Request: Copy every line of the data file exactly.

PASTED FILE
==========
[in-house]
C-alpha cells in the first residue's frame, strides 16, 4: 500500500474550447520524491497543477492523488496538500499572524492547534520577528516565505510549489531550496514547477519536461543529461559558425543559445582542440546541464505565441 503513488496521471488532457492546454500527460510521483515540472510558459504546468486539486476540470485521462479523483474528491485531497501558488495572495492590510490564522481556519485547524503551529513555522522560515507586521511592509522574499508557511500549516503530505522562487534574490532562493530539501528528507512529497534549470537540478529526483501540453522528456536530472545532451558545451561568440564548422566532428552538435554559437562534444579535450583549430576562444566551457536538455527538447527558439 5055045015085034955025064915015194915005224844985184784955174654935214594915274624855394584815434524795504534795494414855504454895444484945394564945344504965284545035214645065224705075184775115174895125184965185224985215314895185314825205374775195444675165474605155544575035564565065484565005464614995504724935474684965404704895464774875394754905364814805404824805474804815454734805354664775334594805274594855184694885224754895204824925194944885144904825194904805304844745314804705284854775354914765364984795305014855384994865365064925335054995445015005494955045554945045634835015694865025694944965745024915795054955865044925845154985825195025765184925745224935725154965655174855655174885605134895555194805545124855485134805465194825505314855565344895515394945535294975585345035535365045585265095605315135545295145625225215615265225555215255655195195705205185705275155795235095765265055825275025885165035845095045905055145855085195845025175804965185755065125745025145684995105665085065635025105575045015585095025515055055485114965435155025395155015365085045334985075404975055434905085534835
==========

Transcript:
[in-house]
C-alpha cells in the first residue's frame, strides 16, 4: 500500500474550447520524491497543477492523488496538500499572524492547534520577528516565505510549489531550496514547477519536461543529461559558425543559445582542440546541464505565441 503513488496521471488532457492546454500527460510521483515540472510558459504546468486539486476540470485521462479523483474528491485531497501558488495572495492590510490564522481556519485547524503551529513555522522560515507586521511592509522574499508557511500549516503530505522562487534574490532562493530539501528528507512529497534549470537540478529526483501540453522528456536530472545532451558545451561568440564548422566532428552538435554559437562534444579535450583549430576562444566551457536538455527538447527558439 5055045015085034955025064915015194915005224844985184784955174654935214594915274624855394584815434524795504534795494414855504454895444484945394564945344504965284545035214645065224705075184775115174895125184965185224985215314895185314825205374775195444675165474605155544575035564565065484565005464614995504724935474684965404704895464774875394754905364814805404824805474804815454734805354664775334594805274594855184694885224754895204824925194944885144904825194904805304844745314804705284854775354914765364984795305014855384994865365064925335054995445015005494955045554945045634835015694865025694944965745024915795054955865044925845154985825195025765184925745224935725154965655174855655174885605134895555194805545124855485134805465194825505314855565344895515394945535294975585345035535365045585265095605315135545295145625225215615265225555215255655195195705205185705275155795235095765265055825275025885165035845095045905055145855085195845025175804965185755065125745025145684995105665085065635025105575045015585095025515055055485114965435155025395155015365085045334985075404975055434905085534835